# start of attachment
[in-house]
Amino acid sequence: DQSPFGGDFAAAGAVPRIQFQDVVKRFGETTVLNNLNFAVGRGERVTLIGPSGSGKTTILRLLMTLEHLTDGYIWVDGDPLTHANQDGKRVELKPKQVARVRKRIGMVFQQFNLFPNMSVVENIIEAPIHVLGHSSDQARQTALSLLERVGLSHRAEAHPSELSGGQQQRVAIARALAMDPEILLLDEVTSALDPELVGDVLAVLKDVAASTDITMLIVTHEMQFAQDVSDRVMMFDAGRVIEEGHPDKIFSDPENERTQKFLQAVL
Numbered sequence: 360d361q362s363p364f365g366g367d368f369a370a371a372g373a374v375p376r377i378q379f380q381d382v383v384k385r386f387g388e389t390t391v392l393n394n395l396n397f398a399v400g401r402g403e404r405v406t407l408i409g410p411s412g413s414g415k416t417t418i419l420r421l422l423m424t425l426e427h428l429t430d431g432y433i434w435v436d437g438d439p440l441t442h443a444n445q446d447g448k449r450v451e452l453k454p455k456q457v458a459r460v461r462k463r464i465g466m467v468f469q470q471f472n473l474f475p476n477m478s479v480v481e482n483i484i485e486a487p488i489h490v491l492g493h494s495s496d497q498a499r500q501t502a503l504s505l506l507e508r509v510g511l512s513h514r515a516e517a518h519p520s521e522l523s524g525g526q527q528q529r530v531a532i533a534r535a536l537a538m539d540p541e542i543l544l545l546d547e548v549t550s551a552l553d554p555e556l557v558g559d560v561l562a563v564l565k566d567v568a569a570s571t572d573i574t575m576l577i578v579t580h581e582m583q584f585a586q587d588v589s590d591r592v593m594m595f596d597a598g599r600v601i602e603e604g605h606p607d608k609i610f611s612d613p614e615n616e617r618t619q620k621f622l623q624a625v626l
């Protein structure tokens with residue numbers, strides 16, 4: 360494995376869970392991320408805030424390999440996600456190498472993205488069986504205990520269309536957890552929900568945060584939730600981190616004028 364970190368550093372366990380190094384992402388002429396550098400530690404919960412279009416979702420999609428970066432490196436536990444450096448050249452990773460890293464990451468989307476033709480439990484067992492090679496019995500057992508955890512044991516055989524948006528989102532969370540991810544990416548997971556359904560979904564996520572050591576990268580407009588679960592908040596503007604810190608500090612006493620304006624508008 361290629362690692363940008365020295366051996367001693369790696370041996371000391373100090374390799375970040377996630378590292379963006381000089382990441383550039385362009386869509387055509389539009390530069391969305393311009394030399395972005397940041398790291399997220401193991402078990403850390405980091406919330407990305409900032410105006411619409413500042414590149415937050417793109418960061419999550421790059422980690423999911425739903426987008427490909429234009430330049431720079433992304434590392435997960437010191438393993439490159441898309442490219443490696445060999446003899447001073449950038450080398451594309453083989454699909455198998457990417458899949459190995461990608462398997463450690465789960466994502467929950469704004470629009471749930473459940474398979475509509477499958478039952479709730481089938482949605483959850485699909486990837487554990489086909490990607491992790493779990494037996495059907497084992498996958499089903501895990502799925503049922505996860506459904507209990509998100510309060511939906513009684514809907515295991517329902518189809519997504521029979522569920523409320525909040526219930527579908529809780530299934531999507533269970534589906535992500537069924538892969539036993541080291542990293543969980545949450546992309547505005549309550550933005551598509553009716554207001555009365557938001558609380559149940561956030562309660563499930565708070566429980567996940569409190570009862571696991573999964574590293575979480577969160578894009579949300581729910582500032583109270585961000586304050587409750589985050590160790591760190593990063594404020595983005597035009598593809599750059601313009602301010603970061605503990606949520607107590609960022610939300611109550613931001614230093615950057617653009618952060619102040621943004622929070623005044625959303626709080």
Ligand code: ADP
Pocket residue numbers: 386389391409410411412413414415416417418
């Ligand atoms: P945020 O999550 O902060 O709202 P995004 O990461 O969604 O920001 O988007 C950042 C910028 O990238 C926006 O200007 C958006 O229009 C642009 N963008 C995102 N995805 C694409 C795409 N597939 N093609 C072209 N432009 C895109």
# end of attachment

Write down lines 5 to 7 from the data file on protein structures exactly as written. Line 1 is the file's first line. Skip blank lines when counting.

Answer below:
Ligand code: ADP
Pocket residue numbers: 386389391409410411412413414415416417418
């Ligand atoms: P945020 O999550 O902060 O709202 P995004 O990461 O969604 O920001 O988007 C950042 C910028 O990238 C926006 O200007 C958006 O229009 C642009 N963008 C995102 N995805 C694409 C795409 N597939 N093609 C072209 N432009 C895109």